The scientists have developed a special nanoelectrode chip to record the activity of hundreds of synapses at the same time, which gives a unique insight into the brain function.
FREMONT, CA: The brain neurons make use of electric signals for interacting. The scientists have been recording them with electrodes since the 1970s. A group of scientists from the Harvard John A, Paulson School of Engineering and Applied Sciences, has utilized a unique kind of nanoelectrodes that managed to record the electric signals of the neuron networks of the brain for the first time in history.
The electronic chip developed by the researchers is able to perform high-sensitivity intracellular recording from the huge number of connected neurons simultaneously. This innovation has enabled them to map the synaptic connectivity at a phenomenal level, identifying many synaptic connections.
Deploying sensitivity and parallelism in unison can benefit fundamental and applied neurobiology alike, even for processes such as the construction of functional connectome and electrophysiological screening with high-throughput.
This prolonged sought-after parallelization of intracellular recording has enabled the mapping of the biological synaptic network, which can generate a new machine intelligence strategy for building next-generation neuromorphic processors and artificial neural networks.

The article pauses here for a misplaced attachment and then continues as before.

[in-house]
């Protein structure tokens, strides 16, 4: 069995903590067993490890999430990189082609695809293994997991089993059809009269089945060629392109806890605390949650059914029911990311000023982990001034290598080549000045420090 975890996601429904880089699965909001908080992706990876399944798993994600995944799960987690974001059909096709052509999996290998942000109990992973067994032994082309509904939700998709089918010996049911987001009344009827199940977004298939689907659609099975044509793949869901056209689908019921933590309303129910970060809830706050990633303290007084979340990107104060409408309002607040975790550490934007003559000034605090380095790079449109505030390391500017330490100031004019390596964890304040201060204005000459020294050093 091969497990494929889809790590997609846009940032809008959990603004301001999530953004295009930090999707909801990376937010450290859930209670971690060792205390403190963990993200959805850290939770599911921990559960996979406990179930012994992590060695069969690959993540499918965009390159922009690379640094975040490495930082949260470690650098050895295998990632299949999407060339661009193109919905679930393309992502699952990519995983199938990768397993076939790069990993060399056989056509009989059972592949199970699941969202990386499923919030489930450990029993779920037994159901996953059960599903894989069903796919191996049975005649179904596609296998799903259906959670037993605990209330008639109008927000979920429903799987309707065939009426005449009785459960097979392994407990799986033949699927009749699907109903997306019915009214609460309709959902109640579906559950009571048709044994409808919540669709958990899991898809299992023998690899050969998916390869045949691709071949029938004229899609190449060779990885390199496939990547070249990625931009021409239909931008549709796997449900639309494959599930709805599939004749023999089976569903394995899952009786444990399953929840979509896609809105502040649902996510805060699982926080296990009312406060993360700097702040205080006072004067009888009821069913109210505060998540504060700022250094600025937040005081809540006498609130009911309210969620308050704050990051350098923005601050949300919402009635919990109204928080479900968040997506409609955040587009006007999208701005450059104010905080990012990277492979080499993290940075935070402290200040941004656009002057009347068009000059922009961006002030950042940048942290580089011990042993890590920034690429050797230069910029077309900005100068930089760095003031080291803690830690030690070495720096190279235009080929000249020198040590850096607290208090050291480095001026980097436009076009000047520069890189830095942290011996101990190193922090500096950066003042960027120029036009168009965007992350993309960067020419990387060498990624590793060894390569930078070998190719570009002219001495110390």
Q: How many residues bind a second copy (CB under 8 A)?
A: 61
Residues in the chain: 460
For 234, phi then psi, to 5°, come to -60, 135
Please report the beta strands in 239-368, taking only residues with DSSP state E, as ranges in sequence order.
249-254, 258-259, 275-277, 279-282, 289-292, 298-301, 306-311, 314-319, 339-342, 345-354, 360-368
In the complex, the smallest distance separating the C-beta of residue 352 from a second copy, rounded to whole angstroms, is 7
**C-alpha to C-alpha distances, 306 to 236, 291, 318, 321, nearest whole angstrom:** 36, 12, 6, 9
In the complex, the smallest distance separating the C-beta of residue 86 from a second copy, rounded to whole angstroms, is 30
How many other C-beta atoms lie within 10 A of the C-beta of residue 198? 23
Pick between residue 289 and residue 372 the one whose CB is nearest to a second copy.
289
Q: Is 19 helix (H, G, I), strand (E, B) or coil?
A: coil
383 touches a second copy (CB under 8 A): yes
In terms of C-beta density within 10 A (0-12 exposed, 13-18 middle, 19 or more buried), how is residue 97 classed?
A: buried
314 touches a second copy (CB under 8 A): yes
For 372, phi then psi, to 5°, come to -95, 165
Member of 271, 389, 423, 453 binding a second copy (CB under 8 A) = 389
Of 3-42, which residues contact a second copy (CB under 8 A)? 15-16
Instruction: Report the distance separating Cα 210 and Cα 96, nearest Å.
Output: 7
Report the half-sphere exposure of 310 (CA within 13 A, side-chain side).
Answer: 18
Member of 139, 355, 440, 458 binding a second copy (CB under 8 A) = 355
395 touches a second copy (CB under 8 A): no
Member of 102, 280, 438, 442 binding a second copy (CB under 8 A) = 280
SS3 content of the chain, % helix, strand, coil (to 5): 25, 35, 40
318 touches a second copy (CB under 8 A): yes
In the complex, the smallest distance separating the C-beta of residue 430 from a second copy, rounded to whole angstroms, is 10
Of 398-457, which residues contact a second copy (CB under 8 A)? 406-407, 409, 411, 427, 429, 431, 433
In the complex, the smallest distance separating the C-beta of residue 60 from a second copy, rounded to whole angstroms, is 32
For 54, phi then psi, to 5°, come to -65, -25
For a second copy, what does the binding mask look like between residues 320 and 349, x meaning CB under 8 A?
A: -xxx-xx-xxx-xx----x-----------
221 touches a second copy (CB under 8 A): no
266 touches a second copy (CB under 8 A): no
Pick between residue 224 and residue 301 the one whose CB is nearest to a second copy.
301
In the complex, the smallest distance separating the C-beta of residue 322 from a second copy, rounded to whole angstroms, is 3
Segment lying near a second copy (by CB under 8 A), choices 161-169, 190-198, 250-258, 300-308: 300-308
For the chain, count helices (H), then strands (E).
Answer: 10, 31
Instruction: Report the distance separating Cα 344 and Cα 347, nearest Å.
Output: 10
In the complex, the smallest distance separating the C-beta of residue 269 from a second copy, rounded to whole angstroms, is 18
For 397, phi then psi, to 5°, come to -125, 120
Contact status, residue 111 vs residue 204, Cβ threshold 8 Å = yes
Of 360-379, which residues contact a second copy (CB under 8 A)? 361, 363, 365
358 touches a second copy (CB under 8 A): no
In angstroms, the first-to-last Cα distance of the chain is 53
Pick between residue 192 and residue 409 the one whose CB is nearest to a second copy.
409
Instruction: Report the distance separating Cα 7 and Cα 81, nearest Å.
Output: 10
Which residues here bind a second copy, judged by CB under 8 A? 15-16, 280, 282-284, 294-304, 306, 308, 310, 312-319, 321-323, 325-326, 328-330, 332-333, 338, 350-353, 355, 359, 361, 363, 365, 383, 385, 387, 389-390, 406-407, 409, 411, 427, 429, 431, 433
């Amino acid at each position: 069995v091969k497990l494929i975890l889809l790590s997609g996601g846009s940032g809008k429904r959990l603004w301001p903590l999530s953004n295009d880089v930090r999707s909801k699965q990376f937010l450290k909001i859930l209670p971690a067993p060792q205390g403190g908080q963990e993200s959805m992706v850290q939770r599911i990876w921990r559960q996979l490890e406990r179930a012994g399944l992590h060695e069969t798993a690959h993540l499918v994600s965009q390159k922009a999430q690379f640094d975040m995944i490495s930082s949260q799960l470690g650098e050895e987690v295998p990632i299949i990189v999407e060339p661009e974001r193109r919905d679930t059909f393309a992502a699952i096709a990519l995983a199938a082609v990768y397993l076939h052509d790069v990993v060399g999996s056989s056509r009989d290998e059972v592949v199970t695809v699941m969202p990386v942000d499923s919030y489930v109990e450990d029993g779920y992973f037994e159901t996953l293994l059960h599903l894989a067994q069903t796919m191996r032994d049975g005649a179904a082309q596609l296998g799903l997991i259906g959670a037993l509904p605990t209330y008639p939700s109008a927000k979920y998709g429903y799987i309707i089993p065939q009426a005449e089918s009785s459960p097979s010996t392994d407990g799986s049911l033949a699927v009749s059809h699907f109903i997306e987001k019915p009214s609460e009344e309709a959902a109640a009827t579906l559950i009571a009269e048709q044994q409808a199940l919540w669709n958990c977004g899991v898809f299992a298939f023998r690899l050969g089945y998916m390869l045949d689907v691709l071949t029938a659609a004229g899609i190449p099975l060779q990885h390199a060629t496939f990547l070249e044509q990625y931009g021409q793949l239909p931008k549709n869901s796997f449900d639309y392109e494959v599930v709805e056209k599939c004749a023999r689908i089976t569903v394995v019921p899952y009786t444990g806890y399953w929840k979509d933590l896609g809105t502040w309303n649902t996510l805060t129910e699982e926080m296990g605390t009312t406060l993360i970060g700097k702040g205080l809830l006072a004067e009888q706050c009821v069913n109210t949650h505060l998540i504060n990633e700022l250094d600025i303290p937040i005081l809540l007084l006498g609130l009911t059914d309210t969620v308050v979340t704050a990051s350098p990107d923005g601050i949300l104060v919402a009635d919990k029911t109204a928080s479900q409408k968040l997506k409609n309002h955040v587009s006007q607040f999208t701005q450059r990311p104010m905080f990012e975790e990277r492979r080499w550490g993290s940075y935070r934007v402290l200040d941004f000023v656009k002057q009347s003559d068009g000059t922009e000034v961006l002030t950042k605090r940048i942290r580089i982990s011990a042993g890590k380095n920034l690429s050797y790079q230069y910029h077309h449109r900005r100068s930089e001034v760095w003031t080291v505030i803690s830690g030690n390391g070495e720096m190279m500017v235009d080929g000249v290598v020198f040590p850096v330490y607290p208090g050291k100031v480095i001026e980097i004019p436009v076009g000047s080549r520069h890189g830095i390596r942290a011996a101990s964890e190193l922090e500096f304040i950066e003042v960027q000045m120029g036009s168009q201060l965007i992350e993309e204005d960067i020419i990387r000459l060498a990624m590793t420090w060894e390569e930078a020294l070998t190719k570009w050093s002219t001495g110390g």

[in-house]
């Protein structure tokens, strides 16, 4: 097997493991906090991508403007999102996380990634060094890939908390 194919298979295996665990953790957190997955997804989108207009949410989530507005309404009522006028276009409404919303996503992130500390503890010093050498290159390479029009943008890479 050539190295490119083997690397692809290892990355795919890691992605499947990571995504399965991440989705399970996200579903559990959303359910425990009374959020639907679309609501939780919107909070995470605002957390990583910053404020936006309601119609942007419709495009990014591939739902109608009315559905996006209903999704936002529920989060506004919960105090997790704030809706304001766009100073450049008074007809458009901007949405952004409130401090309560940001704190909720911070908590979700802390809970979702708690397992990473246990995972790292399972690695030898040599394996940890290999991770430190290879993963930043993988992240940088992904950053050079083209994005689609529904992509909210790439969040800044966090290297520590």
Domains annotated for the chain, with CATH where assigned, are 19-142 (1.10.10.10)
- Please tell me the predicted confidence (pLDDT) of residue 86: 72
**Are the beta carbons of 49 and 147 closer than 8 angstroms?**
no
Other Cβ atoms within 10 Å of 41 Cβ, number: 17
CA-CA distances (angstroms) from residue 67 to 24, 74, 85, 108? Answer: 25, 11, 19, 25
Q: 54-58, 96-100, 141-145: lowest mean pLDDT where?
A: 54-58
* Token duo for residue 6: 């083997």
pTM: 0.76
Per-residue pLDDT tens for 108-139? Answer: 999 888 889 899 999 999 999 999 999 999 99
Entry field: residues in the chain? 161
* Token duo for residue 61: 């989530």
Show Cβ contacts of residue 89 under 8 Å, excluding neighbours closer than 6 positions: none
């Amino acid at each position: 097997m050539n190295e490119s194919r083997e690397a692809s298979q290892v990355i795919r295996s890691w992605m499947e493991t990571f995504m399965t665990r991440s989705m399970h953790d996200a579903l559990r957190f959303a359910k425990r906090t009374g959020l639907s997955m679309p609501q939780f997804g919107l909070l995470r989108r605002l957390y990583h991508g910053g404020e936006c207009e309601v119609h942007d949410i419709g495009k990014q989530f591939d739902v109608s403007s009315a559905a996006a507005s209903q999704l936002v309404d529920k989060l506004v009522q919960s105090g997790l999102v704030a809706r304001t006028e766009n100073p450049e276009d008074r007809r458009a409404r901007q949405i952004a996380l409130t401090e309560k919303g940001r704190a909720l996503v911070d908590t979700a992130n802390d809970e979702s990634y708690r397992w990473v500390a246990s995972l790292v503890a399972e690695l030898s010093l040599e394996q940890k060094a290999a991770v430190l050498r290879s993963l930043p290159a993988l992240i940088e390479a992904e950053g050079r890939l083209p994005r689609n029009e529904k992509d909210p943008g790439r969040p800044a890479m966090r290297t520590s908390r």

The scientists used similar fabrication technology as computer microprocessors to create the electronic chip. The chip includes a dense array of nanometer scale electrodes standing vertically on its surface. These electrodes are operated by an underlying integrated circuit. Each nanoelectrode is coated with platinum powder giving it a rough surface, which enhances its ability to pass the signals.
The neurons are cultured directly on the chip. A current is sent to each coupled neuron by the integrated circuit via the nanoelectrode to open small holes in its membrane, which creates intracellular access. At the same time, the same integrated circuit amplifies the voltage signals from the neuron, which is picked up by the nanoelectrode through the holes.
In experiments, more than 1,200 rat neurons were recorded by the array. The 20 minutes of recording surprised the researchers and further enabled them to map more than 300 synaptic connections.
The high-throughput, high-precision chip was also used to measure the drug effects on the synaptic connection across the rat neuronal network. The scientists are now aiming at developing a wafer-scale system for drug screening for neurological disorders like schizophrenia, autism, addiction, Parkinson's disease, and Alzheimer's disease.